I take you through my personal journey of my Mood Tracking over the past 3 years. Starting with paper tracking (version 1–7), then onto digital tracking (version 8–10), and the lessons learned.
📝 You can download any of the templates mentioned here.
- Part 1: How and why I started Mood Tracking (📍 YOU ARE HERE)
- Part 2: Mood Tracking with Paper: Version 2
- Part 3: Mood Tracking with Paper: Version 3 to 7
- Part 4: Digital Mood Tracking: Version 8 to 10
- Part 5: Lessons learned from 3 years of Mood Tracking
Why I started tracking
💭 You might relate to this.
One day you’re on top of the world. Feeling good. Feeling proud. The next, you’re down, depressed and/or feeling unworthy. Then, days later, you’re back to normal — feeling fine.
What drove me nuts about this emotional flip flop was not knowing why it happened.
But that’s not all!
During these low times, I tend to project my negativity onto my past and my future. Thinking I’ve been stagnant and haven’t really accomplished much, and that things will probably remain the same in the future.
So my goal was to …
- Make better decisions. To understand what causes my mood to flip flop. So I can make better decisions by avoiding or promoting certain activities or behaviour.
- See the big picture. How my life was doing whenever I (momentarily) believed it was going poorly. Hoping the reality check will snap me out of my melodramatic state and accelerate the healing process.
The idea of mood tracking kicked around my head for a few years before it finally clicked. It happened one late evening at work, while sitting on the loo. I remember it like it was yesterday 💩
The idea was simple: Design and print templates, put them next to my bed, fill it out before I sleep, then manually enter the data into Google Sheets and visualize it at the end of the month!
So that’s what I did.
My First Experiment (Version 1)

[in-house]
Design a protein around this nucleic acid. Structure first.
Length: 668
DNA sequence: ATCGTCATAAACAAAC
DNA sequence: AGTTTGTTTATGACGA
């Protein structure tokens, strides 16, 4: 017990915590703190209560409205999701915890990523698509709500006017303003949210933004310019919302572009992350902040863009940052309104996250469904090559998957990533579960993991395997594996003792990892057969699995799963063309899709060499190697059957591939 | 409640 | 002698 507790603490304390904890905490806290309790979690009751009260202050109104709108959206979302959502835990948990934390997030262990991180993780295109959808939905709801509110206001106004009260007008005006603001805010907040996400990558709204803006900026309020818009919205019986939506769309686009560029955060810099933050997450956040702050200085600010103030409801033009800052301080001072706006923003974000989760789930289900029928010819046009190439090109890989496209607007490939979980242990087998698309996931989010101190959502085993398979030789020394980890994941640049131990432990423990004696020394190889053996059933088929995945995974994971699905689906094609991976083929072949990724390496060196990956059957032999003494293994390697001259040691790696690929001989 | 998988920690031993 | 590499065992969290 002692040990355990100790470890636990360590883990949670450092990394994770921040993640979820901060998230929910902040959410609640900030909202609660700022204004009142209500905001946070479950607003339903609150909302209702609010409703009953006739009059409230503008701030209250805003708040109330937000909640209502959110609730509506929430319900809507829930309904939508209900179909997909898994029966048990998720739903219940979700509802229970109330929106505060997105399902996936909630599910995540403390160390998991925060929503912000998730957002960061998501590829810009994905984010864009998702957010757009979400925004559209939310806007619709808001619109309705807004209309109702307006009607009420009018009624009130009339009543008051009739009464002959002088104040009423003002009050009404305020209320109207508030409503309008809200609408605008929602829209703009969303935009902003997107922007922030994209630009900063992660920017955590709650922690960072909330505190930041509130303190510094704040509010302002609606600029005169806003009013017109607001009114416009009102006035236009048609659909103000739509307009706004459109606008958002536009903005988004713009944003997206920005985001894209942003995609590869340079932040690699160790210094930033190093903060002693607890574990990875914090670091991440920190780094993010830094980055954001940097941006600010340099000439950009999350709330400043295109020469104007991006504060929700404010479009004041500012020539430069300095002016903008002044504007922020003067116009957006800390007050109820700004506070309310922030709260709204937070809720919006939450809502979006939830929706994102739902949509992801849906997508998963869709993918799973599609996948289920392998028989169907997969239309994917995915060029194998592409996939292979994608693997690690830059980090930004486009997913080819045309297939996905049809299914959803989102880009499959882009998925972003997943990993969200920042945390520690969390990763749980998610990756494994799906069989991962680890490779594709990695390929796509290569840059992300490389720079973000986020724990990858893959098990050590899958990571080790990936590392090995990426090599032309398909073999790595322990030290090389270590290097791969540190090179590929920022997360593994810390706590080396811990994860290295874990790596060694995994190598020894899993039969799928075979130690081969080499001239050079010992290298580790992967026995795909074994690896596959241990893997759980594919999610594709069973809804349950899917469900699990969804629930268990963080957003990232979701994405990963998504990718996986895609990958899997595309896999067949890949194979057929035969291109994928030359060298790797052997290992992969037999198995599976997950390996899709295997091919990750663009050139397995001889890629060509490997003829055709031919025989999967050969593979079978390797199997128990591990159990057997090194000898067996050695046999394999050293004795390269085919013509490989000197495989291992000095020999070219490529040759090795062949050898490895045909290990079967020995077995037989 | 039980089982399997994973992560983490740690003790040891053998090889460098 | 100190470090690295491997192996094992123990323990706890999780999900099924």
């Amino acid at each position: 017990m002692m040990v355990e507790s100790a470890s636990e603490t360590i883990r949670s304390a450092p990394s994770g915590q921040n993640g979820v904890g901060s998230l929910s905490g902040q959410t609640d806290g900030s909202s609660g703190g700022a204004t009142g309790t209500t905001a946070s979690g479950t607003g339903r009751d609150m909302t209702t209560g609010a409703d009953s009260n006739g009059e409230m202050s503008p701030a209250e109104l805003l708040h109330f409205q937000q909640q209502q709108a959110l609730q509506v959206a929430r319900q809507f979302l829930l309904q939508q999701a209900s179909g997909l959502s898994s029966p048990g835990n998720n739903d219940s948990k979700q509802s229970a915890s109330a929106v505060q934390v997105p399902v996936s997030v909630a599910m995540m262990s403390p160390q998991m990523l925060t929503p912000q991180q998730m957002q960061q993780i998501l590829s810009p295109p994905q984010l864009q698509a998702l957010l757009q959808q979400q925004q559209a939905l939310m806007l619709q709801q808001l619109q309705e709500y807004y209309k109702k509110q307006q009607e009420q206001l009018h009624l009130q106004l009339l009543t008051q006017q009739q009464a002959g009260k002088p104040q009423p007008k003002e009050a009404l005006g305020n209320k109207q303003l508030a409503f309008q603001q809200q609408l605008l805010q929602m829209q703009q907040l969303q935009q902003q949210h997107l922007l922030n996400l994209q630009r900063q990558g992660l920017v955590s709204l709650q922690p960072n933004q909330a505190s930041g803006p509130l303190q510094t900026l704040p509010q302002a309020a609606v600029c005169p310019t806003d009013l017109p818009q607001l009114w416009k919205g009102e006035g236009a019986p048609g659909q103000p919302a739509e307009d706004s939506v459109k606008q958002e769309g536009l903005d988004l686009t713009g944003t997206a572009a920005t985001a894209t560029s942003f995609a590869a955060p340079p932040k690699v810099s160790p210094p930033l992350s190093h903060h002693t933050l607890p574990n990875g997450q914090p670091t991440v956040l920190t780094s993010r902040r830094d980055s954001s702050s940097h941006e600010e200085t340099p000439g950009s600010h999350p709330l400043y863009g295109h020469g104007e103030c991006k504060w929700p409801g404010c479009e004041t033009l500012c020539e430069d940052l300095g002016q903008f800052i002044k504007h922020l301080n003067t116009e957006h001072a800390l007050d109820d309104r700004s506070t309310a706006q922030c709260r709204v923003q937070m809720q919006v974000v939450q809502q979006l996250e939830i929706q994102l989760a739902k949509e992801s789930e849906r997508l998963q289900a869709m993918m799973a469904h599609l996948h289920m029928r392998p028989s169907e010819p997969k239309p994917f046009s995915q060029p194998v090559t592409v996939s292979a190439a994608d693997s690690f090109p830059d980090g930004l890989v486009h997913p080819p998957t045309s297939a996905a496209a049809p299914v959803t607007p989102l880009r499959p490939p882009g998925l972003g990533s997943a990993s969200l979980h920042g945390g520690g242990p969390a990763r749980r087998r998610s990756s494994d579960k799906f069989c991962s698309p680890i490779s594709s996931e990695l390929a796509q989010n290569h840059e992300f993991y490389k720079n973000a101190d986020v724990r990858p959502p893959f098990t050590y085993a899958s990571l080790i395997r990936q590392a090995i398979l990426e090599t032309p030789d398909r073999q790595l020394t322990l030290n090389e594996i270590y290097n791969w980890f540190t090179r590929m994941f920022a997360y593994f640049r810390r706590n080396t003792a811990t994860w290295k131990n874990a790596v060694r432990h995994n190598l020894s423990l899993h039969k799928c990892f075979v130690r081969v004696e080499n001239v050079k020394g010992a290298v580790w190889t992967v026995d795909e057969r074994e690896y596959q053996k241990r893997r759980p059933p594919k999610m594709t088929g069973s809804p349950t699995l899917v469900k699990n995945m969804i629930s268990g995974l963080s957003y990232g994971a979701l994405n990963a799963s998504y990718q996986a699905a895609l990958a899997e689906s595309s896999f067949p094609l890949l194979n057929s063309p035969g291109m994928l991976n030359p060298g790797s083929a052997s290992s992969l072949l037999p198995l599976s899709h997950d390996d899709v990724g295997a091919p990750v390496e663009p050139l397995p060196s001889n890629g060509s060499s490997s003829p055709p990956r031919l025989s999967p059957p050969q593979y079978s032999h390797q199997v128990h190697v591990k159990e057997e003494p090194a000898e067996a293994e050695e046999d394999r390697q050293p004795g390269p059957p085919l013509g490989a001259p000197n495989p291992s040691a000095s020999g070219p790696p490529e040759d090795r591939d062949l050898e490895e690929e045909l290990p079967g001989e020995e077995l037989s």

My first attempt was very simple. Only asking 3 questions:
- Do you feel accomplished?
- Do you feel anxiety?
- Do you feel stress?
📊 After 4 weeks of tracking, I transcribed the data into Google Sheets and visualized it.
This graph wasn’t very insightful on its own. The data was vague, and the sample was small. However it did clearly show 2 contrasting periods: Turmoil (stress and anxiety) and relative stability.
It was at this moment I realized the potential of data visualization to see trends. Then zooming into areas of interest. Filling in the gaps of what actually happened with the written journals.
Lesson: Data Needs Context
Data visualization will show you interesting tidbits (e.g. trends and relationships). But it can’t tell you the significance of them, nor why they happened. Hence the importance of traceable context when trying to understand what’s going on.
Different types of Anxiety
Anxiety meant a lot of things when I started tracking.
I considered any agitated state as anxiety. For example: We can see two types of “anxiety” in the graph above. One type coinciding with stress, and an other coinciding with a sense of accomplishment.
Paired with stress, the anxiety feels like uncertainty, or fear for what’s to come. Paired with a sense of accomplishment however (i.e. the absence of negative feelings), the anxiety still feels like uncertainty, but this time more in the form of an exciting challenge to come.
Only through many of these experiments did I start to recognize and differentiate between these different types of anxieties.
Lesson: Mood Tracking Sharpens Awareness
Mood tracking sharpens your awareness and diversifies your emotional vocabulary. The constant check-ins force you to look inward. Translating fuzzy, low resolution feelings into words and categories. And as you and your vocabulary evolves, so will your categories.
Enjoyed this? Continue reading part 2 👉